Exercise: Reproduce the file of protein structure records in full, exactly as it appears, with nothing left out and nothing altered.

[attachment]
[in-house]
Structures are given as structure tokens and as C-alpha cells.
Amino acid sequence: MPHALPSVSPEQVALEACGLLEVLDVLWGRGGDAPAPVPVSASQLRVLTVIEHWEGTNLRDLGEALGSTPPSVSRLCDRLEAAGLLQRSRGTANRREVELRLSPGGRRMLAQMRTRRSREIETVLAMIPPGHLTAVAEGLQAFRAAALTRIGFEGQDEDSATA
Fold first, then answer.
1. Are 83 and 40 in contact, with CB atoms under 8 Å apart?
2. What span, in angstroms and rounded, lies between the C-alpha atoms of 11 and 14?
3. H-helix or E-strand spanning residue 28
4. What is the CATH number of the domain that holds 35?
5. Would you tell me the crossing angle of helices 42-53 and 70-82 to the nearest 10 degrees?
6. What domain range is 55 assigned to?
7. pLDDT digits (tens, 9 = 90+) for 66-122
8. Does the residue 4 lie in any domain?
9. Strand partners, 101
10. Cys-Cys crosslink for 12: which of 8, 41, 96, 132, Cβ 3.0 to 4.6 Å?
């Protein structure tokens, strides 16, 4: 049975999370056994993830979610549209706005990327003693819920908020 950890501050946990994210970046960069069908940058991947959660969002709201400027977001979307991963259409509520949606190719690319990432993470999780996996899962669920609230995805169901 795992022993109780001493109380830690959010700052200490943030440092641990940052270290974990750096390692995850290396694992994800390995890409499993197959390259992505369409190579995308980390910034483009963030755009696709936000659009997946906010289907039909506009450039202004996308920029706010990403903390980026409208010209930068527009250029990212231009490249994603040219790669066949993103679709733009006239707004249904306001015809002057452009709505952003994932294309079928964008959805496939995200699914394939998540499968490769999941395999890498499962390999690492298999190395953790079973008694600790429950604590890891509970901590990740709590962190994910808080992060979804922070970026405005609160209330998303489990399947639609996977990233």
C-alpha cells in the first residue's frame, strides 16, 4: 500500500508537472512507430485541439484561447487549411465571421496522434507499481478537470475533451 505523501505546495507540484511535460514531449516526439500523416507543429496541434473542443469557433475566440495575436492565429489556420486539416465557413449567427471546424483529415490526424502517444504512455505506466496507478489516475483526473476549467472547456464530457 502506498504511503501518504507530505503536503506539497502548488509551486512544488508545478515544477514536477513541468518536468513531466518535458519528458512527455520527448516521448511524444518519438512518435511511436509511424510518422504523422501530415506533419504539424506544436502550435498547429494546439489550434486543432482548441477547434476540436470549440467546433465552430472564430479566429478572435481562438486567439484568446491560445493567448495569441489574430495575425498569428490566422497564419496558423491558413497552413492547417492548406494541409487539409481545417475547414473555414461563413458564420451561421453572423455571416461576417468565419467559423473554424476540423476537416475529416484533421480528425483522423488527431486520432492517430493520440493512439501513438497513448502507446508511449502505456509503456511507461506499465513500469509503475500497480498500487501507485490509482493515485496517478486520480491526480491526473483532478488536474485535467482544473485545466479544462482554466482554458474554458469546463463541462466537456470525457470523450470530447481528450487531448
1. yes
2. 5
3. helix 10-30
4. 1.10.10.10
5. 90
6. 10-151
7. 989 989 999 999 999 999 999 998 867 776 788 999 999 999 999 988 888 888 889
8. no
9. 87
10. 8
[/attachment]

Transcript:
[in-house]
Structures are given as structure tokens and as C-alpha cells.
Amino acid sequence: MPHALPSVSPEQVALEACGLLEVLDVLWGRGGDAPAPVPVSASQLRVLTVIEHWEGTNLRDLGEALGSTPPSVSRLCDRLEAAGLLQRSRGTANRREVELRLSPGGRRMLAQMRTRRSREIETVLAMIPPGHLTAVAEGLQAFRAAALTRIGFEGQDEDSATA
Fold first, then answer.
1. Are 83 and 40 in contact, with CB atoms under 8 Å apart?
2. What span, in angstroms and rounded, lies between the C-alpha atoms of 11 and 14?
3. H-helix or E-strand spanning residue 28
4. What is the CATH number of the domain that holds 35?
5. Would you tell me the crossing angle of helices 42-53 and 70-82 to the nearest 10 degrees?
6. What domain range is 55 assigned to?
7. pLDDT digits (tens, 9 = 90+) for 66-122
8. Does the residue 4 lie in any domain?
9. Strand partners, 101
10. Cys-Cys crosslink for 12: which of 8, 41, 96, 132, Cβ 3.0 to 4.6 Å?
């Protein structure tokens, strides 16, 4: 049975999370056994993830979610549209706005990327003693819920908020 950890501050946990994210970046960069069908940058991947959660969002709201400027977001979307991963259409509520949606190719690319990432993470999780996996899962669920609230995805169901 795992022993109780001493109380830690959010700052200490943030440092641990940052270290974990750096390692995850290396694992994800390995890409499993197959390259992505369409190579995308980390910034483009963030755009696709936000659009997946906010289907039909506009450039202004996308920029706010990403903390980026409208010209930068527009250029990212231009490249994603040219790669066949993103679709733009006239707004249904306001015809002057452009709505952003994932294309079928964008959805496939995200699914394939998540499968490769999941395999890498499962390999690492298999190395953790079973008694600790429950604590890891509970901590990740709590962190994910808080992060979804922070970026405005609160209330998303489990399947639609996977990233």
C-alpha cells in the first residue's frame, strides 16, 4: 500500500508537472512507430485541439484561447487549411465571421496522434507499481478537470475533451 505523501505546495507540484511535460514531449516526439500523416507543429496541434473542443469557433475566440495575436492565429489556420486539416465557413449567427471546424483529415490526424502517444504512455505506466496507478489516475483526473476549467472547456464530457 502506498504511503501518504507530505503536503506539497502548488509551486512544488508545478515544477514536477513541468518536468513531466518535458519528458512527455520527448516521448511524444518519438512518435511511436509511424510518422504523422501530415506533419504539424506544436502550435498547429494546439489550434486543432482548441477547434476540436470549440467546433465552430472564430479566429478572435481562438486567439484568446491560445493567448495569441489574430495575425498569428490566422497564419496558423491558413497552413492547417492548406494541409487539409481545417475547414473555414461563413458564420451561421453572423455571416461576417468565419467559423473554424476540423476537416475529416484533421480528425483522423488527431486520432492517430493520440493512439501513438497513448502507446508511449502505456509503456511507461506499465513500469509503475500497480498500487501507485490509482493515485496517478486520480491526480491526473483532478488536474485535467482544473485545466479544462482554466482554458474554458469546463463541462466537456470525457470523450470530447481528450487531448
1. yes
2. 5
3. helix 10-30
4. 1.10.10.10
5. 90
6. 10-151
7. 989 989 999 999 999 999 999 998 867 776 788 999 999 999 999 988 888 888 889
8. no
9. 87
10. 8